Now Playing: ERCP With Balloon Dilation
Video Text
When you are ready medication will be given through your IV to make you feel sleepy and relaxed. To make the examination more comfortable your healthcare provider will also spray a numbing medication into the back of your throat or you may gargle with it. This will make your mouth and throat numb for approximately 30 minutes.
Then you will positioned on your left side or on your stomach. A small plastic mouthpiece, or guard, will be put in your mouth to prevent you from accidentally biting the tube or your doctor's finger when the tube is slowly placed into your esophagus, or food pipe.
In order to help relax the muscles in the back of your throat and help open the passageway you will need to take slow, deep breaths. As the doctor begins to push the tube in you will be asked to swallow. Swallowing makes the tube go down more easily.
Once the endoscope is inside your digestive tract your doctor will examine your stomach and pass the tube into the duodenum. While your doctor is examining structures a photograph, biopsy, or cytology may be taken. A biopsy is a small sample of tissue, while cytology is a brushing of cells.
To better see the area, your duodenum is gently filled with a small quantity of air through the endoscope. This will help your doctor find the main opening where the pancreatic and bile ducts empty into the duodenum. Once found your doctor will carefully insert a plastic tube into the duct and inject a small amount of dye. This special dye shows up on the x-ray screen and allows your doctor to see any blockages that may be present.
Your doctor will repeat the injection several times, looking at the ducts from different angles. You may be asked to switch positions during this part of the exam so that your doctor can clearly view all of the necessary areas.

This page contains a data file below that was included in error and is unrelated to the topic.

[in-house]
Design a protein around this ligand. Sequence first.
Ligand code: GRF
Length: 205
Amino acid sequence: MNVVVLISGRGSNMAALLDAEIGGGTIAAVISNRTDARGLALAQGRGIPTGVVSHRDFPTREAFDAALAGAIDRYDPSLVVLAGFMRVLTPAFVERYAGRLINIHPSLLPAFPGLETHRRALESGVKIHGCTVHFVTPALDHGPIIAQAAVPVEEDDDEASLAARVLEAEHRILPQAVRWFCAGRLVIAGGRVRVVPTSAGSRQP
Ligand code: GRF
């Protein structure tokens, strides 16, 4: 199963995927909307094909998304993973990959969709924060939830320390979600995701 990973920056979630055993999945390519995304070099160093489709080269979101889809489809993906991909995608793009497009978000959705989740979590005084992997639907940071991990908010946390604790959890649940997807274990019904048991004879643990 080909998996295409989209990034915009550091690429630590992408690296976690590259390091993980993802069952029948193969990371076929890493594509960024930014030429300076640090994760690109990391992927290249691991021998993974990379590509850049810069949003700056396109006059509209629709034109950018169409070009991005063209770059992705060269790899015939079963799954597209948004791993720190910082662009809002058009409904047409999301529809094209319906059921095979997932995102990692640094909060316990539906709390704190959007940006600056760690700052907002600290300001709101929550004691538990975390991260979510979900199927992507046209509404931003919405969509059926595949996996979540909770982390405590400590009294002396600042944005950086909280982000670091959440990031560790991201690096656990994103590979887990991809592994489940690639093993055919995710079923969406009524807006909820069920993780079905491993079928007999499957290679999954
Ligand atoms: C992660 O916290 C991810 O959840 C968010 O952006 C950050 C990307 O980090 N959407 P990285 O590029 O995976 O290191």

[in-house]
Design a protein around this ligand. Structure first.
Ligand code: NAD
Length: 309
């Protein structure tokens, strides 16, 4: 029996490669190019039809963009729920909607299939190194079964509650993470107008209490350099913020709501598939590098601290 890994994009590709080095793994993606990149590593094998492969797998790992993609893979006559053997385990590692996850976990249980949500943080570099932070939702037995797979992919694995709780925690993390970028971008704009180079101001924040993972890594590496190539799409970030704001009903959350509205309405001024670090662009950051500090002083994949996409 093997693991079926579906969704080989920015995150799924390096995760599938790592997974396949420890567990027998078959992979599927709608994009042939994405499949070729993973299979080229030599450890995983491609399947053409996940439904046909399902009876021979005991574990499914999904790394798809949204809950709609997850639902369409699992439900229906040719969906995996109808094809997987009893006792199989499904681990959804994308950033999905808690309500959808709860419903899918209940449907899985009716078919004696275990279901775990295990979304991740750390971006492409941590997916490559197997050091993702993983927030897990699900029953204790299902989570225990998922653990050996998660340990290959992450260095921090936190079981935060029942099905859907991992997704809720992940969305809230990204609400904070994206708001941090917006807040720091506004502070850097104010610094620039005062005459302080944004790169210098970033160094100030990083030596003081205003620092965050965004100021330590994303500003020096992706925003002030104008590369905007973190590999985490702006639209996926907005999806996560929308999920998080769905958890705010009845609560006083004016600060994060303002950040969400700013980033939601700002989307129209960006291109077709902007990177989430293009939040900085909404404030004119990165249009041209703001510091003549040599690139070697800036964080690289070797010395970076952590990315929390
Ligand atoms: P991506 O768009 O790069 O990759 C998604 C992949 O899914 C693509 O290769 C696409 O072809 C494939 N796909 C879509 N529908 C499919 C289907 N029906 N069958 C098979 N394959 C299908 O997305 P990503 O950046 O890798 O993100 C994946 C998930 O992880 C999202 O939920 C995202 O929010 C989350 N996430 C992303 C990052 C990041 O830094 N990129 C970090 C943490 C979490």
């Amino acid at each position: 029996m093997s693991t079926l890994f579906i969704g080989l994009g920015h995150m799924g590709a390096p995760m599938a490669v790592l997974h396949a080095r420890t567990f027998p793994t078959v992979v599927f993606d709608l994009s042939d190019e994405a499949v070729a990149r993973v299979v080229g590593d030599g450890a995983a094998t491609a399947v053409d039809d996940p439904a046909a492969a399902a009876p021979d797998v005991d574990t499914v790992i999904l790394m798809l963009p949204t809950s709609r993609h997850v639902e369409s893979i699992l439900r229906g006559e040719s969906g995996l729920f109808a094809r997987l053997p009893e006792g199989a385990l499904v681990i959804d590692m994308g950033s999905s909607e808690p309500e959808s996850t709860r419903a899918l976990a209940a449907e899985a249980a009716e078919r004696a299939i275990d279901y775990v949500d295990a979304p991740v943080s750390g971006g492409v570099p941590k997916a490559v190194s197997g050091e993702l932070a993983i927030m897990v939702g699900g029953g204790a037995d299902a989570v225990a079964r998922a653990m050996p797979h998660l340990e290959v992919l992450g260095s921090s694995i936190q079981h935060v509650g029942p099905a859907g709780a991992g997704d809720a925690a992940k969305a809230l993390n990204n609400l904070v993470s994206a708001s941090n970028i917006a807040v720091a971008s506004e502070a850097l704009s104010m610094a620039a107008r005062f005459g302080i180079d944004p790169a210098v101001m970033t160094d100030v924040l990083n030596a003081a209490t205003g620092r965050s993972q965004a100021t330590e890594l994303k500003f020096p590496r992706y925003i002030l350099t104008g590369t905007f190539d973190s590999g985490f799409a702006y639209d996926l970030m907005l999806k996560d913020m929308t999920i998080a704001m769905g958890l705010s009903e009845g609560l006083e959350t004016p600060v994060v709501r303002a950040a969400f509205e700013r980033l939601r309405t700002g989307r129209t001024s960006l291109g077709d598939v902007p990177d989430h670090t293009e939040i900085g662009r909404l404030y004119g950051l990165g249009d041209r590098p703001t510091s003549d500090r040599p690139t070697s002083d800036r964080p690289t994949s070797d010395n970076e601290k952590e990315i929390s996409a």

If your doctor notes a stricture, or a narrowing of a duct, your duct may be dilated or enlarged by balloon dilators. During balloon dilation your doctor inserts a special balloon-tipped catheter through the endoscope and into your duct and guides it to the narrowed area. Once the balloon catheter is correctly placed it is inflated and deflated several times to increase the size of your duct by stretching it.
Because your duct can quickly return to its smaller size after a simple dilation or enlargement, a stent might be placed to maintain the duct opening. The stent can be an expandable brace for the inside of the duct that is mounted on another balloon catheter. The stent and balloon are advanced to the area and the stent is expanded into place. Within several weeks after stent placement, the body will grow tissue around the stent to help maintain its position. The stent will not move around inside your body.
When the examination is finished the doctor will slowly pull the tube out through your mouth. Your healthcare provider will continue to watch you for 15 to 30 minutes after the procedure to be sure you are recovering normally. Then the IV will be removed. The procedure usually takes from 1 to 3 hours.
eMedTV Links
Copyright © 2006-2020 Clinaero, Inc.

eMedTV serves only as an informational resource. This site does not dispense medical advice or advice of any kind. Site users seeking medical advice about their specific situation should consult with their own physician. Click Terms of Use for more information.

This site complies with the HONcode standard for trustworthy health information:
verify here.